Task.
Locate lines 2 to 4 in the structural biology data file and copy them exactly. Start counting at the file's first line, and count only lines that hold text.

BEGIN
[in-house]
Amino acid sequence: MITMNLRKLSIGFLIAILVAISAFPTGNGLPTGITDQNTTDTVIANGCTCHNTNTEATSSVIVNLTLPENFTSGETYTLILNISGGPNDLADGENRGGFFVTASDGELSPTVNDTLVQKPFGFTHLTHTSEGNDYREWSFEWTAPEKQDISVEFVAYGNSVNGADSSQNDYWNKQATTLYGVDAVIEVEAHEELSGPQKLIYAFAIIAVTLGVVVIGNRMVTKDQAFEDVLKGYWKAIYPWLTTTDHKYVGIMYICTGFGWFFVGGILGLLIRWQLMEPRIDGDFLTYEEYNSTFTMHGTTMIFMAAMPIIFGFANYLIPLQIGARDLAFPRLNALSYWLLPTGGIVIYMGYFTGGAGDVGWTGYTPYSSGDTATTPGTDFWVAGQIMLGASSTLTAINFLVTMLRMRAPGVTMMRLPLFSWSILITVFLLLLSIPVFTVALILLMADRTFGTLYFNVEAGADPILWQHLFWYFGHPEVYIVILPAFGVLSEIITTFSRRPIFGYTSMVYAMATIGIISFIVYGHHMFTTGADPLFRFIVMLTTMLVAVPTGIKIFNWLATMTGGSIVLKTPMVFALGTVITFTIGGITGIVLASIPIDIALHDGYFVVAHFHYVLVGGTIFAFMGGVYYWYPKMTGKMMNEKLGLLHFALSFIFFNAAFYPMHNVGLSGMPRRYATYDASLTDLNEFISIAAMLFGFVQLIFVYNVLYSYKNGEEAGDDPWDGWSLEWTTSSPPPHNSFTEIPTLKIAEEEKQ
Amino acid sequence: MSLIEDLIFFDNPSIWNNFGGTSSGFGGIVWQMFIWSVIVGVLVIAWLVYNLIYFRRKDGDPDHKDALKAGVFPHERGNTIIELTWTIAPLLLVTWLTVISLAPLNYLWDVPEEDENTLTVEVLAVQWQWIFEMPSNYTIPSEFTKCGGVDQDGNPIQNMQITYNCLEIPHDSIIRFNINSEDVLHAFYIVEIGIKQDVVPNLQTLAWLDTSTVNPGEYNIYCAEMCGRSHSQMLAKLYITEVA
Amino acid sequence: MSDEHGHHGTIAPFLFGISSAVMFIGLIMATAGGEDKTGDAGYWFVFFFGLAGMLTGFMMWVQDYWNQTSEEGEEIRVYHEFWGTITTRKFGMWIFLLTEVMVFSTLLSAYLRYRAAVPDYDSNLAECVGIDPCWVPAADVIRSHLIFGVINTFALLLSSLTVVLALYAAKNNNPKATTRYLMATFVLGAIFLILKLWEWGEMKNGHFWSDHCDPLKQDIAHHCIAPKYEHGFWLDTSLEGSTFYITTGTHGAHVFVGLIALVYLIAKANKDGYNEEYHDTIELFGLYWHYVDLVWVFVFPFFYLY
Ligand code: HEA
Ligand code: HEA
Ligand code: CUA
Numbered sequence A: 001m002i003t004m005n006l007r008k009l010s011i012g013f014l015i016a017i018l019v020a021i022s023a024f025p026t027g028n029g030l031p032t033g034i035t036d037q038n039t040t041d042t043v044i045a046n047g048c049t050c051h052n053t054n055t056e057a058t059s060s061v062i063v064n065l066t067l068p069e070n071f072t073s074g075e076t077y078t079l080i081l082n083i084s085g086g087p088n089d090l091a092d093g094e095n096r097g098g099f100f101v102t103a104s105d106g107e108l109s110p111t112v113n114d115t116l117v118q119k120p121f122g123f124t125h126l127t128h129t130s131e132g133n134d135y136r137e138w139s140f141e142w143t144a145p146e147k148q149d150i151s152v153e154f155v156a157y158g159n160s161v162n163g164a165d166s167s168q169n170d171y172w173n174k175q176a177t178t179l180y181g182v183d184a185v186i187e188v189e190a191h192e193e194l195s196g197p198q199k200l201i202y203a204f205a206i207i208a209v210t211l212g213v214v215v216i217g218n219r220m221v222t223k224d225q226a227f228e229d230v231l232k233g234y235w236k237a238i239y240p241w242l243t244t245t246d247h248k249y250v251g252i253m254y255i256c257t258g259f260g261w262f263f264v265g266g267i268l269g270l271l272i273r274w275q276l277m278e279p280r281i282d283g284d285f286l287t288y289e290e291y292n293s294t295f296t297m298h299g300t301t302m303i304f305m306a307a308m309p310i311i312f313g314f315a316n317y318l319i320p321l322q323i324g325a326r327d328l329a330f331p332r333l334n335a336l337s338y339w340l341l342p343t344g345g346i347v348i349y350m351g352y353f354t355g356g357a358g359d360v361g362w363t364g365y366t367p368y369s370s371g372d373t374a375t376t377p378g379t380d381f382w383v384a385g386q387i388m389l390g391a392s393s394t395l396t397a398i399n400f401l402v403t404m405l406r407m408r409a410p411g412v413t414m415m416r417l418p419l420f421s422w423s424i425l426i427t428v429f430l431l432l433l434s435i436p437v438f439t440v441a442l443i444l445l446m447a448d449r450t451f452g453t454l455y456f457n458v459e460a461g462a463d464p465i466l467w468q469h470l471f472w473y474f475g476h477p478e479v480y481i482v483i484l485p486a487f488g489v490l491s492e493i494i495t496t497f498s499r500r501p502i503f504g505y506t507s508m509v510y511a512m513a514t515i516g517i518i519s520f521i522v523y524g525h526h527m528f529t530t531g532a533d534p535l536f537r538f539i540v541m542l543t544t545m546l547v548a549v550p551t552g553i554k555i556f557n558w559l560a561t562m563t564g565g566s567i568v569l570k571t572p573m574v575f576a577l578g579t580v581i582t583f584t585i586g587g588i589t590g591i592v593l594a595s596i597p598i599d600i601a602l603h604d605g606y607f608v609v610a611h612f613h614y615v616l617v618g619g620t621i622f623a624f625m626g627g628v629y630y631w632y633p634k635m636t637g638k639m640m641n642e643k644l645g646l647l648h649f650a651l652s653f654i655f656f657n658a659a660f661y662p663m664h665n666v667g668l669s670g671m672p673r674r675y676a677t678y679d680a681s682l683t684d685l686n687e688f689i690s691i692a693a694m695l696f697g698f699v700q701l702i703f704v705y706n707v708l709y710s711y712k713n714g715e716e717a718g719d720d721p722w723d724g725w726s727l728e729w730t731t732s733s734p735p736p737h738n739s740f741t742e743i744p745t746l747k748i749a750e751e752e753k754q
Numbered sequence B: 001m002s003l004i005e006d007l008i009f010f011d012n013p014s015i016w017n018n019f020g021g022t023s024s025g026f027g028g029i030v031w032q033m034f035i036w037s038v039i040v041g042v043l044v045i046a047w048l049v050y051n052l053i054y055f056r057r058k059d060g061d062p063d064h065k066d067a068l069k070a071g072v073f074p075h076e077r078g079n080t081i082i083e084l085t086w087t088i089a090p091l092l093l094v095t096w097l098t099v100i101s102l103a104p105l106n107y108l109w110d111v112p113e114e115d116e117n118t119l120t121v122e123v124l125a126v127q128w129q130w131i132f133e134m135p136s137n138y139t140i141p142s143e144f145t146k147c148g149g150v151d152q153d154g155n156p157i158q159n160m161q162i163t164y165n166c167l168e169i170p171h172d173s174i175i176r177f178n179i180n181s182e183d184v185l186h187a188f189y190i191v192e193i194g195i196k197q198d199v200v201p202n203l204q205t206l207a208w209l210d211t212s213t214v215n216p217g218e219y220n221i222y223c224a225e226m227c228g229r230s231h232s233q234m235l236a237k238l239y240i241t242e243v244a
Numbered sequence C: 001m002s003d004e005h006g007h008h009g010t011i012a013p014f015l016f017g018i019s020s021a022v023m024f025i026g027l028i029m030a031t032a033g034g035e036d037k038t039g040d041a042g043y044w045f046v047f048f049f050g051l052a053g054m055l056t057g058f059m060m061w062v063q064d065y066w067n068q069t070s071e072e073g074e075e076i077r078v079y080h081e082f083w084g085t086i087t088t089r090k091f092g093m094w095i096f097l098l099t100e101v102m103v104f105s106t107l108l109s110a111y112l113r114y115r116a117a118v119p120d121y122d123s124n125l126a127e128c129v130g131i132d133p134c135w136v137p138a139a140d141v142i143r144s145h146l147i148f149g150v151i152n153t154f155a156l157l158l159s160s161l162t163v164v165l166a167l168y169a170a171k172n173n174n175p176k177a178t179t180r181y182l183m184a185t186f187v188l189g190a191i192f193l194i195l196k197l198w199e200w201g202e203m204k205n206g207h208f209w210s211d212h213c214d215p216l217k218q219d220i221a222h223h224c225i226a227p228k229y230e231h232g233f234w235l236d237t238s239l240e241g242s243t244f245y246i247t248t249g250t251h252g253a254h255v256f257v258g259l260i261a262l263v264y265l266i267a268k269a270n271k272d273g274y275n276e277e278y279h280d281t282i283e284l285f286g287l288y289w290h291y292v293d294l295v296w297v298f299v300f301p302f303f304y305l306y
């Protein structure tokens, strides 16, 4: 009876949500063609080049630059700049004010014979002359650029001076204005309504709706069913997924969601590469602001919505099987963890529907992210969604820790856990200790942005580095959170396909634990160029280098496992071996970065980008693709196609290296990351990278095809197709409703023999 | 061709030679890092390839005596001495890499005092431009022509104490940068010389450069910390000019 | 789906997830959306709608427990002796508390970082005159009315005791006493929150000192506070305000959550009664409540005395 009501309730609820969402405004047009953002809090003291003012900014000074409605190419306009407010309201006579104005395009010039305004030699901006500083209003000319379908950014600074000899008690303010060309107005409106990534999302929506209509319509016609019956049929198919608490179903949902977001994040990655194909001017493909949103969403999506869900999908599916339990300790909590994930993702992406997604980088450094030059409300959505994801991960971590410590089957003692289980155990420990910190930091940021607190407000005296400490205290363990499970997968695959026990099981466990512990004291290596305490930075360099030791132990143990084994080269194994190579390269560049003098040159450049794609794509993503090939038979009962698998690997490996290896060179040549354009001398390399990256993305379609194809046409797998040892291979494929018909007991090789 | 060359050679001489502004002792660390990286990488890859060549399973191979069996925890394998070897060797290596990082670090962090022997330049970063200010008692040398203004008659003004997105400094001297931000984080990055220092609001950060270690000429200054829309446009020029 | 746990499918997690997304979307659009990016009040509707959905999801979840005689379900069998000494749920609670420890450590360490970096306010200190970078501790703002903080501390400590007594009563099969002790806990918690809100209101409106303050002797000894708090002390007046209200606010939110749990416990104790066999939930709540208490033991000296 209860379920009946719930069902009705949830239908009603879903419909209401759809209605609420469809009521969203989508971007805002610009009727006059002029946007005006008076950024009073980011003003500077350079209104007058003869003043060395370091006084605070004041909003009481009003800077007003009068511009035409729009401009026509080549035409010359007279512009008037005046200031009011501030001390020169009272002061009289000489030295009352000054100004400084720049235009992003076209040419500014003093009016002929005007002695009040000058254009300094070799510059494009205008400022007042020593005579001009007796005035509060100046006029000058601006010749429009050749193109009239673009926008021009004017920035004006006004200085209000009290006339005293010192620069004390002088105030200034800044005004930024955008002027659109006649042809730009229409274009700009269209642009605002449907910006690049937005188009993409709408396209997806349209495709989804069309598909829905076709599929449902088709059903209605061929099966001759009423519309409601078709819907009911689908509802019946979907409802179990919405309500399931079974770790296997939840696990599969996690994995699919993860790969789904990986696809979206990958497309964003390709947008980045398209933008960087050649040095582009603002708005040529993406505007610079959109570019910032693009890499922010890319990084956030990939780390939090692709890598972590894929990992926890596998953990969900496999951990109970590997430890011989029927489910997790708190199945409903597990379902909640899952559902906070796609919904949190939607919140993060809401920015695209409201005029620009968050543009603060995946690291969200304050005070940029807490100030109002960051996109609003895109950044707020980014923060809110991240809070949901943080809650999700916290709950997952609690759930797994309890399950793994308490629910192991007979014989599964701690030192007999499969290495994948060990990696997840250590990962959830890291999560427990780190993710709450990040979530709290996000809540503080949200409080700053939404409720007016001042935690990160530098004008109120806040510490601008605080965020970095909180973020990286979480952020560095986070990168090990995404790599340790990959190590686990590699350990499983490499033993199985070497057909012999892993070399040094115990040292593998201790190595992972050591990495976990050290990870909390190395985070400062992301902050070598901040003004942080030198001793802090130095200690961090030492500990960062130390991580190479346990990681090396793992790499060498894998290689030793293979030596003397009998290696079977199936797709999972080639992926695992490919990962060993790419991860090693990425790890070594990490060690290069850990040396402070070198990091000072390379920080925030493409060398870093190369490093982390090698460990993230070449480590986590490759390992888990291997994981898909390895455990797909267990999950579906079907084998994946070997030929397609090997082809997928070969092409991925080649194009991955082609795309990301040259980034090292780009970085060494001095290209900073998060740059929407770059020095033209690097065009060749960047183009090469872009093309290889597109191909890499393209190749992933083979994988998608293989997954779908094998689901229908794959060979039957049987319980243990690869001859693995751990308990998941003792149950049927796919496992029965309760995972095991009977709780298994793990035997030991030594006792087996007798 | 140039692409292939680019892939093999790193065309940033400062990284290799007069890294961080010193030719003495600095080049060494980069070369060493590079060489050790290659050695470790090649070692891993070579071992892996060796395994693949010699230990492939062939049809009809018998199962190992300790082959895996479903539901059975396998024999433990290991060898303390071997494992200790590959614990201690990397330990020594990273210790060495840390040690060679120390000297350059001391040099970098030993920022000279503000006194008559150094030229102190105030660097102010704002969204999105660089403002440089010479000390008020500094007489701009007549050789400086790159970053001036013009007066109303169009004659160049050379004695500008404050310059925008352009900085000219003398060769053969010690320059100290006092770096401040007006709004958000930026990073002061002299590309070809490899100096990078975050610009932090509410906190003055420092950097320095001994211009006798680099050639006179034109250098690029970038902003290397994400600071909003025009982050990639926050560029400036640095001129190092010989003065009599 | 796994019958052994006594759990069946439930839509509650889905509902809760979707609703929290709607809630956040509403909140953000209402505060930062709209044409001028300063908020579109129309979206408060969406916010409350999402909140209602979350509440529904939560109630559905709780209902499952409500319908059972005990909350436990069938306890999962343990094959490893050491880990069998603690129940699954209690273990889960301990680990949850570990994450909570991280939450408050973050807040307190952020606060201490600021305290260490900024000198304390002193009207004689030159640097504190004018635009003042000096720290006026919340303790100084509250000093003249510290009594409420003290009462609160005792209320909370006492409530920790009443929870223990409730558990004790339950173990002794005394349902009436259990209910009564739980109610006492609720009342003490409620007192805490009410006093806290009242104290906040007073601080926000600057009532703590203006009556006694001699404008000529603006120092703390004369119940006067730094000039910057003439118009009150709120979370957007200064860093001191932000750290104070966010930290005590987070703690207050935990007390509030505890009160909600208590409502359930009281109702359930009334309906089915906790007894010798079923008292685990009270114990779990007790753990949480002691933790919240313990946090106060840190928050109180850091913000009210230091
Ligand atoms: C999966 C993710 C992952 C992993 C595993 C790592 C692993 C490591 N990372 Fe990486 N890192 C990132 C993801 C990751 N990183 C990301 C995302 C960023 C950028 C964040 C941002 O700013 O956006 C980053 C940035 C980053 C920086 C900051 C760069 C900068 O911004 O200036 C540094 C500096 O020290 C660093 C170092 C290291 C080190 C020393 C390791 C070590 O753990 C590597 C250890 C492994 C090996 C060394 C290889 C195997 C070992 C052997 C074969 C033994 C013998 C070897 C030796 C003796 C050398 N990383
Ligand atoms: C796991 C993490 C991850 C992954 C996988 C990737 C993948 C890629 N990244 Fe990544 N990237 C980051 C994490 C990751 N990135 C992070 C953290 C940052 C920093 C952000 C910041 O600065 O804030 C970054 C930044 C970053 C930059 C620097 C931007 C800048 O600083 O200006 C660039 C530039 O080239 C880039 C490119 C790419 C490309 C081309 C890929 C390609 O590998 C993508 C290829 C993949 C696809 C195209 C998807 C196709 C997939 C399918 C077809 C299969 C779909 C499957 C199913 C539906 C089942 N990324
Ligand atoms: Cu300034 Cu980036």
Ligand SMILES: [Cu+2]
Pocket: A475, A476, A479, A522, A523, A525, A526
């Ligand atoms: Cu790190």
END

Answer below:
Amino acid sequence: MITMNLRKLSIGFLIAILVAISAFPTGNGLPTGITDQNTTDTVIANGCTCHNTNTEATSSVIVNLTLPENFTSGETYTLILNISGGPNDLADGENRGGFFVTASDGELSPTVNDTLVQKPFGFTHLTHTSEGNDYREWSFEWTAPEKQDISVEFVAYGNSVNGADSSQNDYWNKQATTLYGVDAVIEVEAHEELSGPQKLIYAFAIIAVTLGVVVIGNRMVTKDQAFEDVLKGYWKAIYPWLTTTDHKYVGIMYICTGFGWFFVGGILGLLIRWQLMEPRIDGDFLTYEEYNSTFTMHGTTMIFMAAMPIIFGFANYLIPLQIGARDLAFPRLNALSYWLLPTGGIVIYMGYFTGGAGDVGWTGYTPYSSGDTATTPGTDFWVAGQIMLGASSTLTAINFLVTMLRMRAPGVTMMRLPLFSWSILITVFLLLLSIPVFTVALILLMADRTFGTLYFNVEAGADPILWQHLFWYFGHPEVYIVILPAFGVLSEIITTFSRRPIFGYTSMVYAMATIGIISFIVYGHHMFTTGADPLFRFIVMLTTMLVAVPTGIKIFNWLATMTGGSIVLKTPMVFALGTVITFTIGGITGIVLASIPIDIALHDGYFVVAHFHYVLVGGTIFAFMGGVYYWYPKMTGKMMNEKLGLLHFALSFIFFNAAFYPMHNVGLSGMPRRYATYDASLTDLNEFISIAAMLFGFVQLIFVYNVLYSYKNGEEAGDDPWDGWSLEWTTSSPPPHNSFTEIPTLKIAEEEKQ
Amino acid sequence: MSLIEDLIFFDNPSIWNNFGGTSSGFGGIVWQMFIWSVIVGVLVIAWLVYNLIYFRRKDGDPDHKDALKAGVFPHERGNTIIELTWTIAPLLLVTWLTVISLAPLNYLWDVPEEDENTLTVEVLAVQWQWIFEMPSNYTIPSEFTKCGGVDQDGNPIQNMQITYNCLEIPHDSIIRFNINSEDVLHAFYIVEIGIKQDVVPNLQTLAWLDTSTVNPGEYNIYCAEMCGRSHSQMLAKLYITEVA
Amino acid sequence: MSDEHGHHGTIAPFLFGISSAVMFIGLIMATAGGEDKTGDAGYWFVFFFGLAGMLTGFMMWVQDYWNQTSEEGEEIRVYHEFWGTITTRKFGMWIFLLTEVMVFSTLLSAYLRYRAAVPDYDSNLAECVGIDPCWVPAADVIRSHLIFGVINTFALLLSSLTVVLALYAAKNNNPKATTRYLMATFVLGAIFLILKLWEWGEMKNGHFWSDHCDPLKQDIAHHCIAPKYEHGFWLDTSLEGSTFYITTGTHGAHVFVGLIALVYLIAKANKDGYNEEYHDTIELFGLYWHYVDLVWVFVFPFFYLY